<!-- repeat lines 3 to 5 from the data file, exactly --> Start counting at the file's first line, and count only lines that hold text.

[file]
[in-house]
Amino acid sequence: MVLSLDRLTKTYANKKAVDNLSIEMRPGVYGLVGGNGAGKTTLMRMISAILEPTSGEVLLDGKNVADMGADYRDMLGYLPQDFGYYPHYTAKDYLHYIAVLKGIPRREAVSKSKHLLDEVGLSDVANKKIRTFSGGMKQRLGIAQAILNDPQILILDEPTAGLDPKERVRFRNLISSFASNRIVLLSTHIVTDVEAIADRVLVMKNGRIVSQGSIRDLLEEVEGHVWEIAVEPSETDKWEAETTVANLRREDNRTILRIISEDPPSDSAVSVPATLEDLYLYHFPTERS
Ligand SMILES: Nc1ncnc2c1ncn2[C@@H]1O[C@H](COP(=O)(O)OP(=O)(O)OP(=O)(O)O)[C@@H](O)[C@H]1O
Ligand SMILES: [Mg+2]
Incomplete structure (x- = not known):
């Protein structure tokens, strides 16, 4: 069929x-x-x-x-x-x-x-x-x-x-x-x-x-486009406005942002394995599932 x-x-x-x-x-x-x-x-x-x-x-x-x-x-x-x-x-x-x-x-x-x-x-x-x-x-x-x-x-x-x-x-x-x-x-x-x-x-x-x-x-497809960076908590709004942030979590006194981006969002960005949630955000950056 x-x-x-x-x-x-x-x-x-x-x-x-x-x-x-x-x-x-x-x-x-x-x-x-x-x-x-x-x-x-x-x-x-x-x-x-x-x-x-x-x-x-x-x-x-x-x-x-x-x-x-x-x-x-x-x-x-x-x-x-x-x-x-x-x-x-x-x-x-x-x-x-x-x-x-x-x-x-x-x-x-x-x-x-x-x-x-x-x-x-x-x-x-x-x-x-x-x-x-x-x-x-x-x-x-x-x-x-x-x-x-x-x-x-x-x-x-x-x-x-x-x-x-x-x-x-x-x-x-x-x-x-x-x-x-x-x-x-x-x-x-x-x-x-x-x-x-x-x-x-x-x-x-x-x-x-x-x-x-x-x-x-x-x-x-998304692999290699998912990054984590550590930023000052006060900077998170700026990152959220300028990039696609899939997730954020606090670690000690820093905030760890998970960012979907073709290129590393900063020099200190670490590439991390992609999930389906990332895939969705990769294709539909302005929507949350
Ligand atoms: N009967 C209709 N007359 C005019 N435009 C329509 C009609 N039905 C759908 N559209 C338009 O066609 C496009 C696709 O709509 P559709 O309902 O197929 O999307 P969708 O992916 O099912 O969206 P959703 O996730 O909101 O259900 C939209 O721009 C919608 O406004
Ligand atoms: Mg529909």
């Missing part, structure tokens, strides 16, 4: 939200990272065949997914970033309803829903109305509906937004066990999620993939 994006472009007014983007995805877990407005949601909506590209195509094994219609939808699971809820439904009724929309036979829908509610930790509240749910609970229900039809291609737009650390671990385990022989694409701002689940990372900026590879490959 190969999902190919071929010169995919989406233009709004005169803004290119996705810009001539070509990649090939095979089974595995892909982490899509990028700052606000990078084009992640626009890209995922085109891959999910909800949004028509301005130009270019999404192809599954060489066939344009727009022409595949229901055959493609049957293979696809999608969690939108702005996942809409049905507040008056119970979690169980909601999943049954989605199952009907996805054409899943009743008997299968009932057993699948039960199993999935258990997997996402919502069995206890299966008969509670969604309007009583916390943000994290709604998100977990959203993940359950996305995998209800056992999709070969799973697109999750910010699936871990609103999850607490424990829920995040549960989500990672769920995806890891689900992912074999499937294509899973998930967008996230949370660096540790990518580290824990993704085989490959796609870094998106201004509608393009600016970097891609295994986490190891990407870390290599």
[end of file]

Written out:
Ligand SMILES: Nc1ncnc2c1ncn2[C@@H]1O[C@H](COP(=O)(O)OP(=O)(O)OP(=O)(O)O)[C@@H](O)[C@H]1O
Ligand SMILES: [Mg+2]
Incomplete structure (x- = not known):